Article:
Swimming Pool Safety
The Most Delicate Rule of Water Quality: Keep the Poop Out of the Pool
By Betsy Rubiner
After one child died and 25 people were sickened by a 1998 outbreak of an E. coli strain caused by feces-contaminated water at a park near Atlanta, public health officials and public pool operators were justifiably concerned. The conditions pointed up a growing hazard -- and health officials have since acknowledged that even pool operators with the best intentions, pool maintenance, and response plans can't completely prevent the spread of infectious diseases through water contaminated by germ-carrying feces.
"There's still a lot of education that needs to go on with the public," says Doug Brenner, director of an award-winning aquatics program in Portland, Ore. Swimmers -- especially those with small children -- must practice good hygiene to prevent feces from getting in the pool.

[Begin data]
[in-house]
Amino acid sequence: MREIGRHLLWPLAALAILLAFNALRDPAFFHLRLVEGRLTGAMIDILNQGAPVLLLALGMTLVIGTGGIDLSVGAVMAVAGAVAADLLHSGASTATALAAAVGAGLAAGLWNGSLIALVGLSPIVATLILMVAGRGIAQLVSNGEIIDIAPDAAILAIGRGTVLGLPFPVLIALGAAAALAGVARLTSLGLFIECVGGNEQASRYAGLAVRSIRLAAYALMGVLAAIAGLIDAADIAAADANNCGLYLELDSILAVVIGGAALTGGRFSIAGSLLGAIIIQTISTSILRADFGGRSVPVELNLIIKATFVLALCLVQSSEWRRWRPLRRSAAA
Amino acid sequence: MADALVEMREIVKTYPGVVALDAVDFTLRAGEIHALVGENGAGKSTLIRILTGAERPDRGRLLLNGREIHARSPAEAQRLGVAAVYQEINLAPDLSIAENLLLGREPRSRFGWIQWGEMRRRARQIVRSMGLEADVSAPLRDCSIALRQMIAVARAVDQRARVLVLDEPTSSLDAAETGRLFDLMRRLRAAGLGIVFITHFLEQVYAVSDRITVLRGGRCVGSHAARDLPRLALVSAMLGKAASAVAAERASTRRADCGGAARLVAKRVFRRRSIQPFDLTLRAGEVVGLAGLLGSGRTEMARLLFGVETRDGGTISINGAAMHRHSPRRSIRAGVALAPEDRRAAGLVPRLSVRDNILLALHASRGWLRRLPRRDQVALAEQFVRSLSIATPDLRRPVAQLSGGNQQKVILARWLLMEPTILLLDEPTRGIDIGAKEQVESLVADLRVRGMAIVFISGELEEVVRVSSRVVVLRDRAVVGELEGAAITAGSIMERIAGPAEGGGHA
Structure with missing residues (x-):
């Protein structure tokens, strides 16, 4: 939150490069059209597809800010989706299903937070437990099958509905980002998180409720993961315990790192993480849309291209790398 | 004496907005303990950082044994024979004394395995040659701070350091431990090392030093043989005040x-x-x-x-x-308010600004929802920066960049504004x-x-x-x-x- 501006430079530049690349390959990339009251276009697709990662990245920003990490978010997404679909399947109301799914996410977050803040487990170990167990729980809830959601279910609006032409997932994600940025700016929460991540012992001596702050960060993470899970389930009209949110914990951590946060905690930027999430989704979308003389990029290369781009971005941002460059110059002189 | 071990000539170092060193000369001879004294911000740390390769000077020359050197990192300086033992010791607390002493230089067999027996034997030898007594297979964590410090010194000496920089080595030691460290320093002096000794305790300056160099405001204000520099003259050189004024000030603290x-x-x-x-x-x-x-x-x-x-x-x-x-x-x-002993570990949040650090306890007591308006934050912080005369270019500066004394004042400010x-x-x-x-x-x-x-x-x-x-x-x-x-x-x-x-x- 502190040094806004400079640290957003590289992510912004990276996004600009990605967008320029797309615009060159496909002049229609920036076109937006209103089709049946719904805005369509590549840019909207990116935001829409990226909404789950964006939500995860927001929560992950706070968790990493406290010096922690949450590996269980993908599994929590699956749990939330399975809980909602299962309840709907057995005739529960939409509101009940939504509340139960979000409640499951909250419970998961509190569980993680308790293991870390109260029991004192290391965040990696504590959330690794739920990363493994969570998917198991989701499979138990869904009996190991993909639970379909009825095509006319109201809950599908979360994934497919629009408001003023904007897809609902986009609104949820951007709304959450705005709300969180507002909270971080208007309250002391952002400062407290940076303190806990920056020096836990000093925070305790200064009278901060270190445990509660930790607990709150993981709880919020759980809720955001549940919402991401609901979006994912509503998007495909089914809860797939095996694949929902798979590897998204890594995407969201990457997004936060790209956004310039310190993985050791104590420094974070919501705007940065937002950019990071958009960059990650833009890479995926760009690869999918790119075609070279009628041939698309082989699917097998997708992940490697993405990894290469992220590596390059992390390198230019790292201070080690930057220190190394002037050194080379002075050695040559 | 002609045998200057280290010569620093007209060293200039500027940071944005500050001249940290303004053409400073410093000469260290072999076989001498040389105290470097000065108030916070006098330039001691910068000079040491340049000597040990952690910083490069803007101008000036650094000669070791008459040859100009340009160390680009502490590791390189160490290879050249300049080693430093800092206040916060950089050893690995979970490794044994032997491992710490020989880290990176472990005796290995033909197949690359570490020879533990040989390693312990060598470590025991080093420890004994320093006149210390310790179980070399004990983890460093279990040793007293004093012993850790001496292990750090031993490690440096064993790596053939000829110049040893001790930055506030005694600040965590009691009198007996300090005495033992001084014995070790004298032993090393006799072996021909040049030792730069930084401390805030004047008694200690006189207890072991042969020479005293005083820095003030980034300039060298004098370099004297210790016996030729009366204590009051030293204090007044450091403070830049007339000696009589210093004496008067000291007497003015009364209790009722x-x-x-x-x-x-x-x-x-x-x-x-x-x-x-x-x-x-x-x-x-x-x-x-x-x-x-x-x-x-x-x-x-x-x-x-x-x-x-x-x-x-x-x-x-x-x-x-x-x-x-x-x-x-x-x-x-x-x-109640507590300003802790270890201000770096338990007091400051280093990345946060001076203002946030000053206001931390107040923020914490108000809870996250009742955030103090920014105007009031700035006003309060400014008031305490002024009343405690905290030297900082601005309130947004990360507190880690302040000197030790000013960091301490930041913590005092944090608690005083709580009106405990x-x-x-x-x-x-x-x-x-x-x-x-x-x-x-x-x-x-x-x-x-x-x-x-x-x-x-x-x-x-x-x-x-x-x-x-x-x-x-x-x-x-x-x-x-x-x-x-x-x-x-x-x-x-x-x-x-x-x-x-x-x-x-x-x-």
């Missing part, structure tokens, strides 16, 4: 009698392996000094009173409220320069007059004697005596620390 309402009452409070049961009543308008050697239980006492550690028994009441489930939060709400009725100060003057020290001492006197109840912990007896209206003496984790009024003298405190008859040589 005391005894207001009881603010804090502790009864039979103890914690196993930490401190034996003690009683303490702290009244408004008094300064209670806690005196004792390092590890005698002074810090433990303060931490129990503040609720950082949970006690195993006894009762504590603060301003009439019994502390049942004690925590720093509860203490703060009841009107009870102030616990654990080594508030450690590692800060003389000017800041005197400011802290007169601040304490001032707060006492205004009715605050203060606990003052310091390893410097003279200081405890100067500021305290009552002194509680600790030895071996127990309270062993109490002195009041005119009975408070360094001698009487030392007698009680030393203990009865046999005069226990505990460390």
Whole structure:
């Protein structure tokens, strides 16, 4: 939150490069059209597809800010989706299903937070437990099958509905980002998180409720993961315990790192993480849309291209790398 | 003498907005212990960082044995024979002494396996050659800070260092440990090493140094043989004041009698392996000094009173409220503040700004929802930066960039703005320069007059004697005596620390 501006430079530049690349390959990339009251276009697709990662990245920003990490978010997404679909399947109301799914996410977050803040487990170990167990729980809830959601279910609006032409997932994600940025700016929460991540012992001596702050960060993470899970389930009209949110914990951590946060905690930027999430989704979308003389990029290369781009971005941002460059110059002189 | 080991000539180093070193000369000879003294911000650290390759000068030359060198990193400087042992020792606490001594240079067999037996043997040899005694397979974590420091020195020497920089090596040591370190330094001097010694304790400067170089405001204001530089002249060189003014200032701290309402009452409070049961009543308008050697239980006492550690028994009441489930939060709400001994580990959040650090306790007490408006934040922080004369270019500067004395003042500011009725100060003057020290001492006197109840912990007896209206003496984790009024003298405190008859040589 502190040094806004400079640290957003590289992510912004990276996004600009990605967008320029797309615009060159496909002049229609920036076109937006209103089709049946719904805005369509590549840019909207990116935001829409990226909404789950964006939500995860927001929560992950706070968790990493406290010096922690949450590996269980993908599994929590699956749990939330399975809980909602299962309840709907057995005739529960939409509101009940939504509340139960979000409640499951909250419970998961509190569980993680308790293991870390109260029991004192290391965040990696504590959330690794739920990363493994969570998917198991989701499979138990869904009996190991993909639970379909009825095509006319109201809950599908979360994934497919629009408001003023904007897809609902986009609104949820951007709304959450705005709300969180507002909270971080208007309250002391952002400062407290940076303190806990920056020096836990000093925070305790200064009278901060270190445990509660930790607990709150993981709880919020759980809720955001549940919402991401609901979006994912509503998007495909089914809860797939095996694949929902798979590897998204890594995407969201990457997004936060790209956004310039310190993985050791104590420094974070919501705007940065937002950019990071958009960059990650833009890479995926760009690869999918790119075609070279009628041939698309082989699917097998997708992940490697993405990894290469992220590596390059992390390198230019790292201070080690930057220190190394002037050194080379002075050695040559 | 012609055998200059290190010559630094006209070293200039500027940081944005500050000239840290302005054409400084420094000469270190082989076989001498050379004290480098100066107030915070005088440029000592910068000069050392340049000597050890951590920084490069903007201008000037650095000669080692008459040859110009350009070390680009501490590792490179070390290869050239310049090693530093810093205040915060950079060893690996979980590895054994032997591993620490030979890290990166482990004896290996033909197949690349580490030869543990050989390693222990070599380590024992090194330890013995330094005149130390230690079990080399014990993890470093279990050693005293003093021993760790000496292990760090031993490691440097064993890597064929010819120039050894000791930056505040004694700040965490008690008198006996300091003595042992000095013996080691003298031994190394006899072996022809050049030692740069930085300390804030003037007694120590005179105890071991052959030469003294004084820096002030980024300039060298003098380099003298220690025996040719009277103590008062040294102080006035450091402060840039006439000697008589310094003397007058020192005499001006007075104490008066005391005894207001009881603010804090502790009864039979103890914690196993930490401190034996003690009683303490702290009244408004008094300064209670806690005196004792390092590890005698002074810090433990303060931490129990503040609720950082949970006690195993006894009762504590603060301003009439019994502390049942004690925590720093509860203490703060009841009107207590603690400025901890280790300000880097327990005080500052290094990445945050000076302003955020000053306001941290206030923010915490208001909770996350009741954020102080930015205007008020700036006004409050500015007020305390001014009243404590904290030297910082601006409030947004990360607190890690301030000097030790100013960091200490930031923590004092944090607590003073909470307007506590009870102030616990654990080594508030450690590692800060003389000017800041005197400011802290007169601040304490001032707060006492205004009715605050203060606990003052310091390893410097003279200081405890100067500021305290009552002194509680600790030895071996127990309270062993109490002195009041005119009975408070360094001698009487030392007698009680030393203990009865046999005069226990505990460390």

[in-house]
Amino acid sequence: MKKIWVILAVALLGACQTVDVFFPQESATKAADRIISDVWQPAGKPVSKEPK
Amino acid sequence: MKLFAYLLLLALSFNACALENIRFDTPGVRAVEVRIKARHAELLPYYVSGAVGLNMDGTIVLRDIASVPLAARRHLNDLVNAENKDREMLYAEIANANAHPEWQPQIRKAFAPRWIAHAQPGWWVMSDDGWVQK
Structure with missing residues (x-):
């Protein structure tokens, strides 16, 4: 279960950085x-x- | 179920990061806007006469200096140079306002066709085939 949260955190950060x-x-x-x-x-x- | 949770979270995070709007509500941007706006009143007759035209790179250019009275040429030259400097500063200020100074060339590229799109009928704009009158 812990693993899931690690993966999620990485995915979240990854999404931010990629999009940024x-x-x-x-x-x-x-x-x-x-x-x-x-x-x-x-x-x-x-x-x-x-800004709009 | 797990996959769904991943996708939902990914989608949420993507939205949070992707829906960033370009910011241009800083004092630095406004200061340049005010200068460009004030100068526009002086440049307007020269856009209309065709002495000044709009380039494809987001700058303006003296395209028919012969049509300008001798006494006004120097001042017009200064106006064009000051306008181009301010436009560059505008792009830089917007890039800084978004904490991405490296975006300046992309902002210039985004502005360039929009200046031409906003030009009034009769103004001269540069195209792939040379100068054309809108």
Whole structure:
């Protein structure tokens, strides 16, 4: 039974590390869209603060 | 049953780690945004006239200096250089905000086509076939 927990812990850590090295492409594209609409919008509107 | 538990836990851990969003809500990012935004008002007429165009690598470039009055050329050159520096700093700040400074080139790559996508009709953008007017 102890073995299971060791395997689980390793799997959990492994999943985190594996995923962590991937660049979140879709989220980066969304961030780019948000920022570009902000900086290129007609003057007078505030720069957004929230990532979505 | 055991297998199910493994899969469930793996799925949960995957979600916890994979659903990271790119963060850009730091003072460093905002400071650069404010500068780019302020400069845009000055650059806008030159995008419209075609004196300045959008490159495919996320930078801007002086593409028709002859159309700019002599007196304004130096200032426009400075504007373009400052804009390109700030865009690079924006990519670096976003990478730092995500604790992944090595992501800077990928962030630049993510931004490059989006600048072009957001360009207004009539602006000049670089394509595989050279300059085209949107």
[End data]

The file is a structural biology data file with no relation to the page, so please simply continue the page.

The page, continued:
Do we really have to talk about this stuff?
Yes, say health and safety experts. While perhaps not
yet socially acceptable, talking openly about "poop in the pool" is important to
the public's health. The chance of catching an infectious disease in a
well-maintained swimming pool is low, according to the Centers for Disease
Control and Prevention (CDC). But not all pools are properly maintained, and the CDC warns that chlorine can't kill all germs. And crowded lakes can be especially vulnerable to outbreaks of fecal-borne illness.